Are Instagram Accounts Like ‘You Did Not Eat That’ Simply Skinny-Shaming Women?

The cult Instagram account is accused of mocking skinny women for eating junk food


by Pandora Sykes |
Published on

A few months ago we scrolled our way onto a new Instagram account @youdidnoteatthat. A niche spoof account with just 1,000 followers, it consisted of re-posted pictures shared by supermodels, fashion bloggers and other fashionistas with high social media currency, of themselves plus a high volume of junk food. Think glossy burger ’n’ beach shots, hotdogs and underwear, magnums in bed – that kind of thing. We thought it was pretty funny, we'll admit. Like most, we’d had our fill (pun intended) of the cupcake selfies and a snipey caption under a re-grammed picture raised a legitimate point about the empty calories and artificiality of a thrice-filtered Instagram existence.

But like Kate Moss’s immortal line, ‘Nothing tastes as good as skinny feels,’ the account divided opinion from its inception.* Lucky* mag’s Eva Chen and Into The Gloss’ Emily Weiss found it straight up funny. Subjects of YDNET’s mocking commentary, such as Man Repeller’s Leandra Medine who posted an Insta video of her devouring a cupcake, or We Wore What’s Danielle Berstein, who shared a picture of a hotdog and a beverage – suffixed with #iatethis #anddrunkthat hashtags – riffed right back. Others, however, were incensed. Cupcakes and Cashmere’s Emily Schumann and Sincerely Jules’s Julie Sarinaña banned YDNET from following them, after the account's merciless ribbing of their kcal intake.

But it was when The Cut interviewed the anonymous founder of the account a few weeks ago – which rather intriguingly revealed them to be a fashion industry insider of ten years - that the interest and backlash soared. At the time of writing, YDNET has 96k followers and the accusation of skinny-shaming are coming thick and fast. ‘I’m calling bullshit on this skinny-shaming tripe because it’s not funny, it’s not okay and I’m sick to death of women being called out for what they have or haven’t eaten,’ wrote Ellen Stewart inMyDaily. Meanwhile, The Huffington Postwho initially found the account humorous - revised their opinion of the cult account a few days ago, conclduing that ‘there are far better ways to call out the hypocrisy of the fashion and beauty industry than shaming models for Instagramming a bagel’.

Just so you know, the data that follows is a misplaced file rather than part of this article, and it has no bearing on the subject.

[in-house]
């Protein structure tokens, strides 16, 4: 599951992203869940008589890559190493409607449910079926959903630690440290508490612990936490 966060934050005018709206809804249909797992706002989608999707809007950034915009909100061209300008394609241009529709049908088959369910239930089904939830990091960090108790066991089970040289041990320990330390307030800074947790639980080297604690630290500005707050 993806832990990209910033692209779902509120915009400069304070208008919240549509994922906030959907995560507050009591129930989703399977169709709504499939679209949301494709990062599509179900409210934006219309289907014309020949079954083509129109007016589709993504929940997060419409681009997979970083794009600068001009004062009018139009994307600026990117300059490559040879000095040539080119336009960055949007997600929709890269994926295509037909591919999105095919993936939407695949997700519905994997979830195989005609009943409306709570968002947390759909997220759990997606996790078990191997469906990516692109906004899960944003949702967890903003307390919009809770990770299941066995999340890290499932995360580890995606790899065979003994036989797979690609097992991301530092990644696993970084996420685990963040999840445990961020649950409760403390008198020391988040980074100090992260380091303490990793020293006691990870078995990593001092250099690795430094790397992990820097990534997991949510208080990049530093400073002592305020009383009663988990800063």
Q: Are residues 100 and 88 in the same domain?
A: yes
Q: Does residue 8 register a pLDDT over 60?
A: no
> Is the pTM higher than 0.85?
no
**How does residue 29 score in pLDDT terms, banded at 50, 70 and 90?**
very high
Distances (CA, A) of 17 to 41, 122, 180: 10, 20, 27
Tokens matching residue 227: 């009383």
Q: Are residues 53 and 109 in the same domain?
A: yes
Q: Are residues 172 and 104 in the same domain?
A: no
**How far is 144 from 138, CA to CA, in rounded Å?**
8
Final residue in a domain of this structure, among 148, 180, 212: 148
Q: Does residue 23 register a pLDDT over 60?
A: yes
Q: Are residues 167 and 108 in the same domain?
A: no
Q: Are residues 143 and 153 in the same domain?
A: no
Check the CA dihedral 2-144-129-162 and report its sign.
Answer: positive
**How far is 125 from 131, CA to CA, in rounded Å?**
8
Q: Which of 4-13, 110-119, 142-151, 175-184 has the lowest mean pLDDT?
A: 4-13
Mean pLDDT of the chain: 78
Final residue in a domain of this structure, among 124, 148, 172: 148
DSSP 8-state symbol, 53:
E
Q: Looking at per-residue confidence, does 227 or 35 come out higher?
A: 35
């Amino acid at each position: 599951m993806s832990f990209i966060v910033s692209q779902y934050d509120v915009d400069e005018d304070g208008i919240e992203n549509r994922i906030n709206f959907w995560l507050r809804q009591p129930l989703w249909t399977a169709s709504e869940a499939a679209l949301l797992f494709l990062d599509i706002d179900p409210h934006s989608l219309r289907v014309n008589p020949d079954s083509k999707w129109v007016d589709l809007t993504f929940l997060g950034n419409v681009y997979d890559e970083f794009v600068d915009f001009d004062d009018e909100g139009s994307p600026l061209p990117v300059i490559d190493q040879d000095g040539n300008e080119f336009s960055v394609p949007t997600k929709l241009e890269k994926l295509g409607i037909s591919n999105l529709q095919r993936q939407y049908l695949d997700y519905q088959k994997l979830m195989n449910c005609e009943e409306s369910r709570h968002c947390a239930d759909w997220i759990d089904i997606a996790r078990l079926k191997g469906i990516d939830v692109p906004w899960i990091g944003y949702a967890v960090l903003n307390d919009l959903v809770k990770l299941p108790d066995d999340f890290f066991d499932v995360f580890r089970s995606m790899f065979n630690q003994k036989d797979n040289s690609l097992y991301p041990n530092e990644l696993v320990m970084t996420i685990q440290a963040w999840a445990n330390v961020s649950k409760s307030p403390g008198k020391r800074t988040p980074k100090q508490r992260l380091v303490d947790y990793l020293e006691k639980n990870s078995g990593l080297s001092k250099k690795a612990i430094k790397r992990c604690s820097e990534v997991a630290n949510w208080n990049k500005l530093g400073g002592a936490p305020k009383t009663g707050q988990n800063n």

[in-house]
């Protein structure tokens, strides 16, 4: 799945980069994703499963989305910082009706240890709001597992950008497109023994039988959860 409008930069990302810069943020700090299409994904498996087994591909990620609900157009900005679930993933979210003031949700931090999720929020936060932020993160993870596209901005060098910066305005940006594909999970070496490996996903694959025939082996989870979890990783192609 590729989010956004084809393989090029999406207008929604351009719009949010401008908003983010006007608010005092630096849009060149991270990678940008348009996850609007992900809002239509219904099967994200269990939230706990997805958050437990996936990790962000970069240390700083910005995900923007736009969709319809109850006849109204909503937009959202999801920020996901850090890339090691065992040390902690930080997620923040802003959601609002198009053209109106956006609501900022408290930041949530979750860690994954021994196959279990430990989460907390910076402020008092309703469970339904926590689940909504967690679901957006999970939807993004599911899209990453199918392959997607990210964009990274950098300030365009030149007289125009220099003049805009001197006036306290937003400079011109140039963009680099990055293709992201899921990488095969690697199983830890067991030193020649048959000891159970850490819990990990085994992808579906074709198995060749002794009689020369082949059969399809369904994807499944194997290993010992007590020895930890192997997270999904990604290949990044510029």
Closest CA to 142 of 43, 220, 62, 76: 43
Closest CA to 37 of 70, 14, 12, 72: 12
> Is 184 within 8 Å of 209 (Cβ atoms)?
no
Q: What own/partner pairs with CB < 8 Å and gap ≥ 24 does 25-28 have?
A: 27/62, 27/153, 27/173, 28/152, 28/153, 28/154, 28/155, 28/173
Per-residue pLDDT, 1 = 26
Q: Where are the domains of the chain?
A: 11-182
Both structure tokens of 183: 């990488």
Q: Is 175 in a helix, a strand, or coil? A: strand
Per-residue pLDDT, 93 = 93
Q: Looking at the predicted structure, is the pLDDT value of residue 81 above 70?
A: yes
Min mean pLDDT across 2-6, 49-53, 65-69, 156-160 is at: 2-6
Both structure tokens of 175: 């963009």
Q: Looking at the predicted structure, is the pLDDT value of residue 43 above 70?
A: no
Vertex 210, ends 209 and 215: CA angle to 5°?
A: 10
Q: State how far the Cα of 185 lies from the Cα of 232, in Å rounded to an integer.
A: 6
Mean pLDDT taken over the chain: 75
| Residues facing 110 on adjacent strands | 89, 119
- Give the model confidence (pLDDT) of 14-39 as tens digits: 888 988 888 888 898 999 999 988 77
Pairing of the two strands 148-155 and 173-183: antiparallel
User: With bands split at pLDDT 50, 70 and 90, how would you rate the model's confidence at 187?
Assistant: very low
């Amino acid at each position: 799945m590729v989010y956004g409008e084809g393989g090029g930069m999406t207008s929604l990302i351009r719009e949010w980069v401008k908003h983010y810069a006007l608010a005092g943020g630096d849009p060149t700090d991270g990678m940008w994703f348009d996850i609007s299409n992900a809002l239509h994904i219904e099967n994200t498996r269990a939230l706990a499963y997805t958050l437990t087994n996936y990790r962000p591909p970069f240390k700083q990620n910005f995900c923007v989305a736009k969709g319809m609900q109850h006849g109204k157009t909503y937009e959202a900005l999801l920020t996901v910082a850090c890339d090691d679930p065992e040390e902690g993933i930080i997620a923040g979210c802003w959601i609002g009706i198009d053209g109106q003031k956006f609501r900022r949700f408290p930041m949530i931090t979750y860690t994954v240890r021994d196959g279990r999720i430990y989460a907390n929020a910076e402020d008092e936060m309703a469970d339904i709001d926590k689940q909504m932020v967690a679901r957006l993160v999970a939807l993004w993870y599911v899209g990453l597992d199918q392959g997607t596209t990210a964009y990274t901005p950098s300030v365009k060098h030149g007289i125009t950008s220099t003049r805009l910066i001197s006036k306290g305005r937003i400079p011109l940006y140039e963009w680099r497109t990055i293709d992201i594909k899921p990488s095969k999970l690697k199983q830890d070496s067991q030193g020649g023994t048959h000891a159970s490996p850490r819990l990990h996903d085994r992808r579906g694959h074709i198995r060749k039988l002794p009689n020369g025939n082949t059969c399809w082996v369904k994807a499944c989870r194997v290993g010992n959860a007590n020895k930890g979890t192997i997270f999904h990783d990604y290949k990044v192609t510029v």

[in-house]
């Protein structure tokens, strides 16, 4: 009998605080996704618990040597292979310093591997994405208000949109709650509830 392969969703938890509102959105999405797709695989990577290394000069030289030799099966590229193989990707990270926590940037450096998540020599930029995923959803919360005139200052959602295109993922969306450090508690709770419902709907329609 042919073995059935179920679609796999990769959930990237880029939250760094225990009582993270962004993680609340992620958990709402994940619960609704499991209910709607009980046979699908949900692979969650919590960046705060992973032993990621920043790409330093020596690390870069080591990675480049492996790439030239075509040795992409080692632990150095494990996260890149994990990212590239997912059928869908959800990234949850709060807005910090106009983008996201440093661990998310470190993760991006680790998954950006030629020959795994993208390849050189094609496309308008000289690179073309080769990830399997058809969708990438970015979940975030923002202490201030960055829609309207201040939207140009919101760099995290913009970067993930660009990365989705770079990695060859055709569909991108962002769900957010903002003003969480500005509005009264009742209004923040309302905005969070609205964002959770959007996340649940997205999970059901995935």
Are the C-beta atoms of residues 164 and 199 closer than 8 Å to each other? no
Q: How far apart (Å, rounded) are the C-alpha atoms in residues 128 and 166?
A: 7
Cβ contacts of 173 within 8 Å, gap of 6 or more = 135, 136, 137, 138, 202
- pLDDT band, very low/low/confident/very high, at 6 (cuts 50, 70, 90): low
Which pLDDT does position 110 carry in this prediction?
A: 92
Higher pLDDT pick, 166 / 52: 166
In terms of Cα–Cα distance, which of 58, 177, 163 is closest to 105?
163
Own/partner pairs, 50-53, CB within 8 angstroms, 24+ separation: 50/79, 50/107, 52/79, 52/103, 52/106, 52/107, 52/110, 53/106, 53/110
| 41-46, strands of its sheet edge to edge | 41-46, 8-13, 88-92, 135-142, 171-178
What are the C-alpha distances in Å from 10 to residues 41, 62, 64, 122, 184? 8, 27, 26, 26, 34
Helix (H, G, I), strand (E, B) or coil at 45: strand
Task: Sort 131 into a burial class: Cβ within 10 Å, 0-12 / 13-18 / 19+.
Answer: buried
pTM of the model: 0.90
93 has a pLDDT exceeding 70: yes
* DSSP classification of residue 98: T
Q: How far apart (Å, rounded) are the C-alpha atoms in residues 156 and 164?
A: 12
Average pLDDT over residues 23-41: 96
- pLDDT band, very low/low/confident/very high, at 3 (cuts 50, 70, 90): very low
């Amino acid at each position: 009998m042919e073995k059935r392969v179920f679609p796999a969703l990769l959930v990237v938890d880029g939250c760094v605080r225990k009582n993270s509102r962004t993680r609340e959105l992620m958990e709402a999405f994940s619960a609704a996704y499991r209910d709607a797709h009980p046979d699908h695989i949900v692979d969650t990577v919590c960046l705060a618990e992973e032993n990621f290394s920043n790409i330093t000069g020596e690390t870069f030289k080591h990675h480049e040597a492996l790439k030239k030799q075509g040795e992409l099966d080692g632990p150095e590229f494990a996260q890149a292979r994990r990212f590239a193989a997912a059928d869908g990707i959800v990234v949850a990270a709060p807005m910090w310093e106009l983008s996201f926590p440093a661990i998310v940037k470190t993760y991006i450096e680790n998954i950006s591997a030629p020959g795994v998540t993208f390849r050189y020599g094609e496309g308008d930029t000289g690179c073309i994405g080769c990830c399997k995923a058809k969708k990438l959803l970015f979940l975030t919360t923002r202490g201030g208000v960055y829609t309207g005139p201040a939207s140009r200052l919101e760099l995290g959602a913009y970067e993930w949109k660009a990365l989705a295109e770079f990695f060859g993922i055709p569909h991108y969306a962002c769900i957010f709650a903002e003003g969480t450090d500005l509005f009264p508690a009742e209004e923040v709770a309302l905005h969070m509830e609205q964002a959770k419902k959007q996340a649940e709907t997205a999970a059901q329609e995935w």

Twitter is similarly divided. Some find it straight up funny.


Others, are disgusted.


There’s no doubt that the account is provocative and in its methadology – placing all the emphasis on what a woman is consuming – pretty ill-judged. But it’s not hard to see how we arrived at YDNET. ‘There’s been a mega movement towards glamorising food in fashion,’ writes Fashion Editor at Large’s Bethan Holt. ‘Think Karlie Kloss’s cookies, Chanel’s supermarket and Jourdann Dunn’s cookery show.’ And on occasions, this glamourisation has segued into outright fetishisation. Jeremy Scott’s collection for Moschino was an ode to pop culture and junk food. Whilst all of this has gone someway towards democratising an elite industry – and busting the myth that models don’t eat – it has also given rise to an often unattainable goal. Or as Bethan puts it, ‘To eat whatever you like and stay a size 6.’

For some, of course, that is a reality. A high metabolism is a card which some people are lucky to be dealt with in life, whilst others work really hard to be able to enjoy treats – facts that YDNET is accused of ignoring. But frustrating as it is for the subjects of this account that have perfectly healthy diets, a svelte fashion blogger who is clearly being paid to endorse hamburgers and therefore regularly Instagrams herself double parking a beefburger – we’re not naming names – is hardly promoting the right body image. Her financial gain is another teenage girl's confusion, eh? For all the #fitspo movement going down right now, there's a junk food bikini counter-culture. It all comes down to our fucked-up obsession with effortlessness; to remain super-toned whilst guzzling empty, E-numbered calories. It's not only unrelatable, it's unrealistic. A leading fashion blogger confided to The Debrief that she knows more than one blogger who buys coloured macaroons by the boxful – they are the prettiest prop after all – just to discard them, untouched, once the photo opportunity has been captured.

It is none of our business what someone we follow on Instagram does or doesn't eat. We have become, as a culture, extraordinarily obsessed with whether or not a woman has an eating disorder – as if we somehow have the right to be privy to that knowledge. In her interview with The Cut, YDNET says that she is not trying to skinny-shame. 'This is not me making some huge social commentary about what size somebody is and what they're eating… It’s just presenting this curated life that's beautiful and perfect and totally unrealistic. More power to you for rocking that! You look awesome! Don’t lie about how you got there!’

And therein lies the rub. Because whilst the account has arguably failed at not skinny-shaming, you could also argue that it’s equally damaging to share a smug donut selfie with thousands of impressionable teenage followers – who will then think that a regular diet of donuts and pizza can buy them that kind of lifestyle, too.

Follow Pandora on Twitter @pinsykes

This article originally appeared on The Debrief.

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